I’ve been noticing an interesting phenomenon here at Cedar Pass.
As the season is winding down, students who were just here working during break are heading back to college, foreign workers who were here on visas will soon be returning home as their visa expiration draws near. Between this week and next week, we’re losing a lot of people at the Lodge.
What I find curious is that having known these people for only four months or so, I’ve formed much stronger bonds with them than I have with any coworkers I’ve had before, even for the places I’ve worked for years at.
I’ve been thinking about why that might be, and come up a number of factors that contributed to this:
- We all know we have a finite amount of time here unlike a standard job that that has no expiration date, and so the acquaintance phase is pushed through more quickly to get to the friendship phase
- We all came here from somewhere else, and so we don’t have any other community to fall back on for social interaction except the one we make
- This is a pretty remote area, so there are less opportunities for meeting potential new friends outside of work
- Working at a National Park there is a lot of stuff to see, and it being new for all of us, we want to explore it. Exploring new places is more fun, safer, and more economical (splitting gas costs) with other people
- There is no reason for us to compete with each other on the job, which can build animosity between coworkers. As in, no promotion to be trying to win, no reason to suck up to management for future gain down the road, etc.
- Working seasonally at a tourist destination feels more like a working holiday than a real job. The mood is lighter, the customers are happier and easier to deal with, it’s an easier environment to build friendships in.
- We’re all living in the same housing (well okay, RVers are in their RVs, other people are staying in employee cabins), staying in the same area within walking distance of each other, eating the same food, dealing with the same problems (bugs and heat right now), and sharing rides to and from work every day. It’s hard for community NOT to spring up given how much time we spend with each other and how much we have in common right now
- We all came here with the same goal: to save up some money and make memories at a unique location that many of us will never see again.
One of my coworkers (and friends) from England is leaving today. She didn’t like working here at the Lodge for the most part. It was too remote for her and she likes cities, she wasn’t able to save as much money as she had hoped because the wages are low, she wasn’t expecting to have to rough it as much as she did, she didn’t enjoy the food that was available – but as we were driving home from work yesterday for her last time, music turned up and windows rolled down, she still teared up. “I’m not going to miss this place, but I’m going to miss you guys.”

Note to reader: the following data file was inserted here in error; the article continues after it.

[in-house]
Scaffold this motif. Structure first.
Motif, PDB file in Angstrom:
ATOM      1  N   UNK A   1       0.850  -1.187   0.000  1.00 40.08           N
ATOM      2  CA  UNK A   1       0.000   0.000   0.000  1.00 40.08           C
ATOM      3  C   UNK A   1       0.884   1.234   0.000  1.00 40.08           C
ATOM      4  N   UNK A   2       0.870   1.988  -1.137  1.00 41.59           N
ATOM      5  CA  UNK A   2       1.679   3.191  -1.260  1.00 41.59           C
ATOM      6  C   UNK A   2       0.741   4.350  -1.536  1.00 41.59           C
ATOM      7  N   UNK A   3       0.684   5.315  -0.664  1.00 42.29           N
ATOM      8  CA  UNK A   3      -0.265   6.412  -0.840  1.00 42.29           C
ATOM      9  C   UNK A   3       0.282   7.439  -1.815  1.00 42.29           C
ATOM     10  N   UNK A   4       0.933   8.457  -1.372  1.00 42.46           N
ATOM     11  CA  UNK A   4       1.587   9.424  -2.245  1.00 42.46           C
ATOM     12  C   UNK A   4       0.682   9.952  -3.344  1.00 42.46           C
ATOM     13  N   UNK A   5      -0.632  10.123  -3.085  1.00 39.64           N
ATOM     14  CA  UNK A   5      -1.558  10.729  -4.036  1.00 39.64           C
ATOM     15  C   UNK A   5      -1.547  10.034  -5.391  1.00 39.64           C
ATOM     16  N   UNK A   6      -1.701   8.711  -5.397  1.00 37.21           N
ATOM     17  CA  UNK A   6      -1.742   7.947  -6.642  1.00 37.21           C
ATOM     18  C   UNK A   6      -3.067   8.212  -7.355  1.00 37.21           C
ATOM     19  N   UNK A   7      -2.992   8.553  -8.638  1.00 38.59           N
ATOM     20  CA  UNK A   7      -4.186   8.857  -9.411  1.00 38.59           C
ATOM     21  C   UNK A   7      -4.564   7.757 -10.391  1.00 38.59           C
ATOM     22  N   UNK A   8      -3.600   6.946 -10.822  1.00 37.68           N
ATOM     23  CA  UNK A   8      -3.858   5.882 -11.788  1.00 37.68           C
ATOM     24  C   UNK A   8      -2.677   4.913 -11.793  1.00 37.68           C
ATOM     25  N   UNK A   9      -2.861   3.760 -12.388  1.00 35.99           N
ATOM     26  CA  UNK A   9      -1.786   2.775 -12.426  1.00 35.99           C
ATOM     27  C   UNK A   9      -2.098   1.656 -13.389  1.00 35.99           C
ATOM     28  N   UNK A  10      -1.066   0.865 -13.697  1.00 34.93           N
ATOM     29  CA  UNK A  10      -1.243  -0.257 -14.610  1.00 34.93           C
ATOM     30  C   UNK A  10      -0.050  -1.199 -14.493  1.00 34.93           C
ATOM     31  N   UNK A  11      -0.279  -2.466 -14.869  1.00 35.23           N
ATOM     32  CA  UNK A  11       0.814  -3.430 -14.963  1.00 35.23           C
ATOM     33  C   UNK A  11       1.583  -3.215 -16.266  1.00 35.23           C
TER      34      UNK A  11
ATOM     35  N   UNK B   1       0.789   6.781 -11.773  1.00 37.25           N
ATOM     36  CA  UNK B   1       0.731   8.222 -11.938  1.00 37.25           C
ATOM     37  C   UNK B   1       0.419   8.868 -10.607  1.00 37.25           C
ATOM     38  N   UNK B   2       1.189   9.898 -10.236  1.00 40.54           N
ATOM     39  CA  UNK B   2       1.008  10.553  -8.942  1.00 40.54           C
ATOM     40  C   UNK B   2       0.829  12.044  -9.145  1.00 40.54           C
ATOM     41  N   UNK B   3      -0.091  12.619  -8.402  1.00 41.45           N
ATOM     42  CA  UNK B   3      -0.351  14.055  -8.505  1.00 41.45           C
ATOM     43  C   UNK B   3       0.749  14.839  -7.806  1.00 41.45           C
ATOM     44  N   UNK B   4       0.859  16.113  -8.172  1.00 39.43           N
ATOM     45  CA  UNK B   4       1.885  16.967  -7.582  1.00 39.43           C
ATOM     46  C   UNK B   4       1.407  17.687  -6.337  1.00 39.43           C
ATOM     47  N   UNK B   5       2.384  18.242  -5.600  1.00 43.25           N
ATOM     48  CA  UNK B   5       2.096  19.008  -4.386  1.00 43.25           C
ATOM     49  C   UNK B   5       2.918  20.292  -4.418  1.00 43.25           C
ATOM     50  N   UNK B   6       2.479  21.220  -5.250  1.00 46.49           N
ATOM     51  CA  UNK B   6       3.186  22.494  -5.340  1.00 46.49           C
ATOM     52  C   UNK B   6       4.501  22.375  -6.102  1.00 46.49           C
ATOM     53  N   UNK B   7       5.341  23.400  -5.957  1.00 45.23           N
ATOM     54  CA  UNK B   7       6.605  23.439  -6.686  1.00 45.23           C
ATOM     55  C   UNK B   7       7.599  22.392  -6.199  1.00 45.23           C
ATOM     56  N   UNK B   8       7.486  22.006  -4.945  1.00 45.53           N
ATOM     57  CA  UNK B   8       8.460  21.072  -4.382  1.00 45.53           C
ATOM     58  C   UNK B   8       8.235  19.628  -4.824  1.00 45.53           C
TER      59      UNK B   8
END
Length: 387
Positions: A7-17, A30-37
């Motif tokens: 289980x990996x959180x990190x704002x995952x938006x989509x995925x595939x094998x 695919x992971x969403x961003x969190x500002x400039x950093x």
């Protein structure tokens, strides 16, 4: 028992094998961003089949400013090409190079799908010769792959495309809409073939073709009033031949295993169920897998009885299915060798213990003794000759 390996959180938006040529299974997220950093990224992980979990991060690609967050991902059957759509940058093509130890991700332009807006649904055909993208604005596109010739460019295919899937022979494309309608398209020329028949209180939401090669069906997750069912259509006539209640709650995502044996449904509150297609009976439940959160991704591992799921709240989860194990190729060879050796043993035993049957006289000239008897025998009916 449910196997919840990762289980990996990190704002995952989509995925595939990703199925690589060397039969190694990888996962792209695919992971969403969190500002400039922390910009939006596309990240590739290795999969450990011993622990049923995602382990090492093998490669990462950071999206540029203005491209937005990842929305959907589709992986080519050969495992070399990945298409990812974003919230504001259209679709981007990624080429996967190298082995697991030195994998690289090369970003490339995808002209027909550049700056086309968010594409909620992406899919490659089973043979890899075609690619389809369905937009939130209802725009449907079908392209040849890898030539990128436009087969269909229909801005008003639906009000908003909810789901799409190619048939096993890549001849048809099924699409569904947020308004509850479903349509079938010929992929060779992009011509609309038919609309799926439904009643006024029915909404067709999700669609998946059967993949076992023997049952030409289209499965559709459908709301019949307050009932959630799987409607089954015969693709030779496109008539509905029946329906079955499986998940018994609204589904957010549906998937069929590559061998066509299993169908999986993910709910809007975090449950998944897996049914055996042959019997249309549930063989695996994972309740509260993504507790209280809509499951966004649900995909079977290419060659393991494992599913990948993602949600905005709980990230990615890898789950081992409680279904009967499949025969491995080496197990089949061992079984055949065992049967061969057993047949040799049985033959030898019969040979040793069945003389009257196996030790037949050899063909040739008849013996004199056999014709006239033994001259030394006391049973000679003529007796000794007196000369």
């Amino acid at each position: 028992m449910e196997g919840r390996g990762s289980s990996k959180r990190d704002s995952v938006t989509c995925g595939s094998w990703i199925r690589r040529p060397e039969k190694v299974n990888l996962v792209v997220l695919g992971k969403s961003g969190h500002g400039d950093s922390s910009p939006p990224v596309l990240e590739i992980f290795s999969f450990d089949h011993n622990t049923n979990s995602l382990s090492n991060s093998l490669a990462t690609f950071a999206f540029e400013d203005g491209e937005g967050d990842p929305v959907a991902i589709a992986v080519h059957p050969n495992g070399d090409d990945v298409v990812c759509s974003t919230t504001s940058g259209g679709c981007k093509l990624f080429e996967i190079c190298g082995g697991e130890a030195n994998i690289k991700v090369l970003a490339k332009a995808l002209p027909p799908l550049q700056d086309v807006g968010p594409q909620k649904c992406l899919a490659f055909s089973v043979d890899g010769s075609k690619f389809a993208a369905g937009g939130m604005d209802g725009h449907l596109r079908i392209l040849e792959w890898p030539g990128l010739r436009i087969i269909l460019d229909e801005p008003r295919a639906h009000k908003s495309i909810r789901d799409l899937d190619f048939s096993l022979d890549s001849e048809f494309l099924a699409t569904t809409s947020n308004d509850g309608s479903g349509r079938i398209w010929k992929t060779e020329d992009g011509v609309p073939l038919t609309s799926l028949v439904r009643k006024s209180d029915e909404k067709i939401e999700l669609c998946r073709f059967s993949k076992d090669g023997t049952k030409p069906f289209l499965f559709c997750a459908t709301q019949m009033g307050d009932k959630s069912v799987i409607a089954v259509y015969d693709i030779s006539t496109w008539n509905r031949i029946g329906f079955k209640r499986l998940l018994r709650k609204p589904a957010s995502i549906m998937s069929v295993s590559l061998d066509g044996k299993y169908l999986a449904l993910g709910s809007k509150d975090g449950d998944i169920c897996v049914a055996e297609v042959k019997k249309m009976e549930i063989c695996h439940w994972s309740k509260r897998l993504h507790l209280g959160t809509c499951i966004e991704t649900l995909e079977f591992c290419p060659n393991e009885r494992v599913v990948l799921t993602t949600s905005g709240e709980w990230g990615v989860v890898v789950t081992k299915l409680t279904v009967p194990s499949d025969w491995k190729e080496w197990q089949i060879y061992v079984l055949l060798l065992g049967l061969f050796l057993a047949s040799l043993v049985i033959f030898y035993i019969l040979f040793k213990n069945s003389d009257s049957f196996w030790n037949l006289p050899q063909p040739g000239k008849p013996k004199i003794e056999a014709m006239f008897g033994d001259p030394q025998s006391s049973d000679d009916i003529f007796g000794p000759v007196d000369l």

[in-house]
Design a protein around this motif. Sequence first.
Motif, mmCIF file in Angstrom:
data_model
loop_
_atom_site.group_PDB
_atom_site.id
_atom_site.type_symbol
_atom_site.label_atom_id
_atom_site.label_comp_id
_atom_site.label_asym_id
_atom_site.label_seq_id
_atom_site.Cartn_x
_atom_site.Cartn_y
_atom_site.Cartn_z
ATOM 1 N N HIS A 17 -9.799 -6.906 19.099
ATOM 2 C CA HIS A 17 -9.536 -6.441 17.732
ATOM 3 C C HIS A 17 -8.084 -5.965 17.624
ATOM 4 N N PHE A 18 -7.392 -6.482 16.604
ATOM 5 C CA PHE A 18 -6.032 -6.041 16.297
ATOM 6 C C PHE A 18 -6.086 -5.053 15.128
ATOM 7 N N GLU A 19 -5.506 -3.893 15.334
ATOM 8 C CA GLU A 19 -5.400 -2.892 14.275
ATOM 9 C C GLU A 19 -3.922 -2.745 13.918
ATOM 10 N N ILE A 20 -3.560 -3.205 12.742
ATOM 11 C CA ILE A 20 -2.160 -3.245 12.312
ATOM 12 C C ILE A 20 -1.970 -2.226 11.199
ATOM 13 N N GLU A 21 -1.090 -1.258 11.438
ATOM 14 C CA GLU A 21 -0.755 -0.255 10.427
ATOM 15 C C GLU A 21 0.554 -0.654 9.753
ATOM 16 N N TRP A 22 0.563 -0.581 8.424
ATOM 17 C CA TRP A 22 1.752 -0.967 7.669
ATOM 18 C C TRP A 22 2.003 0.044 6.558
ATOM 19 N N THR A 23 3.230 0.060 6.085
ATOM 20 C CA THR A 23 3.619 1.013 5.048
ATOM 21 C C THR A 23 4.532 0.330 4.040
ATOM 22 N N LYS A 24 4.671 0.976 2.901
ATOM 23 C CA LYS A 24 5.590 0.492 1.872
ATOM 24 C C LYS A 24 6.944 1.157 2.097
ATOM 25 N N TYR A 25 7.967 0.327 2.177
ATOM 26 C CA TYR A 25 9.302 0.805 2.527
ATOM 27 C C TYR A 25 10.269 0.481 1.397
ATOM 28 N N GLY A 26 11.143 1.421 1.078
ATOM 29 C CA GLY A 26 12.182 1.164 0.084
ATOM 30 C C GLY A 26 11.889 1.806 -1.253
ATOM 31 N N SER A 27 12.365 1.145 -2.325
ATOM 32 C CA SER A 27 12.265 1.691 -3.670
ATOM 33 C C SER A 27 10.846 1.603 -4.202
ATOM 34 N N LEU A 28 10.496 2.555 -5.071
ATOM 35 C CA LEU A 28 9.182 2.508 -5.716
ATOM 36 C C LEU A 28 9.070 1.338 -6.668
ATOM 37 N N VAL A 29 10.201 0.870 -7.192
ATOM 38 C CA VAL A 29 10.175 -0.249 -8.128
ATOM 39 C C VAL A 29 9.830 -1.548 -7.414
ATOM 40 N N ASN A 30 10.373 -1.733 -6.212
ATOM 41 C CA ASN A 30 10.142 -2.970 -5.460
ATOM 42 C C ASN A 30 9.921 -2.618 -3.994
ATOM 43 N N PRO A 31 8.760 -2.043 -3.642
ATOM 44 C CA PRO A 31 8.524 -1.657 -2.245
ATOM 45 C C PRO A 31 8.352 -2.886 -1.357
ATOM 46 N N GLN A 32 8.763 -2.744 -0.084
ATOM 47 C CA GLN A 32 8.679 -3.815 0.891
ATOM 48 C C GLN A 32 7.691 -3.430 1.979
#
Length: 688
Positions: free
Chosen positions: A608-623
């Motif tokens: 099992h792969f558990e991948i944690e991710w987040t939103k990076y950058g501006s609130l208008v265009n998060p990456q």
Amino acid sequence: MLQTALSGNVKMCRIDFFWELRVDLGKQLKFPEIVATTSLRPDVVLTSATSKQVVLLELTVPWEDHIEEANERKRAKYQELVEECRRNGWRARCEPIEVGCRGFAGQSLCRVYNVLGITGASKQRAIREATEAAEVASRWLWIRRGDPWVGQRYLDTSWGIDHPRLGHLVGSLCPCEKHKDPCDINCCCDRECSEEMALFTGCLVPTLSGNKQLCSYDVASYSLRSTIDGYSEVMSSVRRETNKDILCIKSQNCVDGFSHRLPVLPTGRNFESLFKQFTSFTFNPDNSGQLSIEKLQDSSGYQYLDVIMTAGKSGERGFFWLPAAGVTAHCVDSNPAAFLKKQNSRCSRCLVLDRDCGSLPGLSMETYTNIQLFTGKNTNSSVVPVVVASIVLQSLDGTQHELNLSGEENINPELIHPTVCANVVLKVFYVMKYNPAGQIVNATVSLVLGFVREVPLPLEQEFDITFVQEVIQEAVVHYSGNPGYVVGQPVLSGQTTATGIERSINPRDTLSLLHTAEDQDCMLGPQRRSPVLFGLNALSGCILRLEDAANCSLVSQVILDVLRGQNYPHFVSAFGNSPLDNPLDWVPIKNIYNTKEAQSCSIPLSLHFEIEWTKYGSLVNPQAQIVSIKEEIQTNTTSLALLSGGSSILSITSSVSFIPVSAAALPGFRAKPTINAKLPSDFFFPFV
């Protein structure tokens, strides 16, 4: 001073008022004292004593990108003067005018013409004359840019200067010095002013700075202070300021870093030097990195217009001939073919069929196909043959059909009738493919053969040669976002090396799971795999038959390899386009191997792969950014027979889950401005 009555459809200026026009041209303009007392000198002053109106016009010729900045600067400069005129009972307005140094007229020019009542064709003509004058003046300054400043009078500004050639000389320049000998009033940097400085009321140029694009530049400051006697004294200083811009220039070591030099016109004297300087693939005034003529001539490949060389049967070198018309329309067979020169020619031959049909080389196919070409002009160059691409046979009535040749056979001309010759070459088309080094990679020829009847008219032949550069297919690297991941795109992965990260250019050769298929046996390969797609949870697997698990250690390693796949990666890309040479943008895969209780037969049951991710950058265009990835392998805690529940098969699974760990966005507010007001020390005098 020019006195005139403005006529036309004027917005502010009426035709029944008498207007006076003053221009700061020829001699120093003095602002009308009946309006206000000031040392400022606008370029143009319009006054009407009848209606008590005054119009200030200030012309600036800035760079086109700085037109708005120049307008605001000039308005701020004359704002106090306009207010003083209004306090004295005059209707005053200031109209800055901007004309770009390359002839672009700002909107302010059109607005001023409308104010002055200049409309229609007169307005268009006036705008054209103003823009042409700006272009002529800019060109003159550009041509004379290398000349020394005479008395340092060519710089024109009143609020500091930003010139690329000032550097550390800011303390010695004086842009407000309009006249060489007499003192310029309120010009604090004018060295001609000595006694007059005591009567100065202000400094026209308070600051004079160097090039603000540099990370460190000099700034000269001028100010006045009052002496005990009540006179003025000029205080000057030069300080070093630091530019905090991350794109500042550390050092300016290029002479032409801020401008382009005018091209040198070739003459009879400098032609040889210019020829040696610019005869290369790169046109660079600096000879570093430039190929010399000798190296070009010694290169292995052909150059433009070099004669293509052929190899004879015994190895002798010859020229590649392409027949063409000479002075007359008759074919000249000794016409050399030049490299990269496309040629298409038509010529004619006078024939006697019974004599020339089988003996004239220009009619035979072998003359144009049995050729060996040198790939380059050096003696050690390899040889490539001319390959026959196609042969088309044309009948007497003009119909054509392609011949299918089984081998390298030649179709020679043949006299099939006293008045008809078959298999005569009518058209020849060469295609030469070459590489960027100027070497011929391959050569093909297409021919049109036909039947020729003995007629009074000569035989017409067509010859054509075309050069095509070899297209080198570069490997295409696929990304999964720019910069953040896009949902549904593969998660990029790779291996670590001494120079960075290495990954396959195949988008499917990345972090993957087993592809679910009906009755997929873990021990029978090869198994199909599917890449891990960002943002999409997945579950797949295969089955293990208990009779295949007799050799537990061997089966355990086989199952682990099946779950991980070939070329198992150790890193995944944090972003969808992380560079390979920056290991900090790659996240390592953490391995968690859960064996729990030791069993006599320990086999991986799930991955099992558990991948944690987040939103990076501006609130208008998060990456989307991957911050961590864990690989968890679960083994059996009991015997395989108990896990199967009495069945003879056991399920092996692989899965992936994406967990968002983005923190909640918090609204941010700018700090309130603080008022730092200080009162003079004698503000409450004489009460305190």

And it’s true. I think a lot of people have romantic notions about working a park job like this, that it’s all play and no work, that all the amenities of modern living will be within easy reach, that it’s a easy way to coast through a summer saving up wads of dough.
I came in knowing that it wasn’t going to be any of these things (I’d done the math knowing what the wages were going to be, I knew no employer in their right mind would hire workers if it didn’t improve their bottom line, I knew the first sizable city was over 70 miles away) but a lot of my coworkers, especially the younger ones, didn’t anticipate this but still managed to enjoy themselves and will be sad to leave.
And I wager it’s because of the shared experience. Because we were all in it together, the ups and downs, good days and bad, we connected with each other in a way that would have been hard in a conventional setting.
Whatever else working at a National Park for a season may be, it’s an Experience. One that I recommend everyone try at least once in their lives.
* * *
This post was a bit late because I’m hard at work now scrambling around to get the job situation for after Amazon and possibly next summer sorted out sooner rather than later. My life of perpetual travel is an amazing and I wouldn’t trade it for the world – even when highs climb into the 100’s every day and hordes of biting bugs come out every night – but everything worthwhile takes effort, and for how I choose to live that means spending a lot of time searching for gigs, sending inquiring e-mails, and filling out applications.
Today I have another article going live too. I wrote a guest post for Bob over at http://cheaprvlivingblog.com/ about safety as a female solo RVer, so if that’s something you’re interested in, you should go peek at it. Bob writes a lot about vandwelling and RVing on a very limited budget, so if even a rig costing $19,500 like Bertha and Cas together did is out of your reach, you should go check him out for pointers.
And for anyone who stumbled over here from Bob’s blog, welcome to Interstellar Orchard! I’m glad to have you here and hope you enjoy your stay. The About pages explains quite well what this site is all about. If you have any questions about RVing, deliberate living, or how to survive 100 degree heat in an encapsulated fiberglass bubble (hint: RVs have wheels for a reason, avoid if at all possible. If not possible, take good care of your A/C and shower often), that page also has my contact information as well as links to my Facebook and Twitter. As you peruse IO you’ll quickly find that my readers contribute as much to my articles as I do, so the comments section is well worth reading.
Safe travels and happy trails to all of you!
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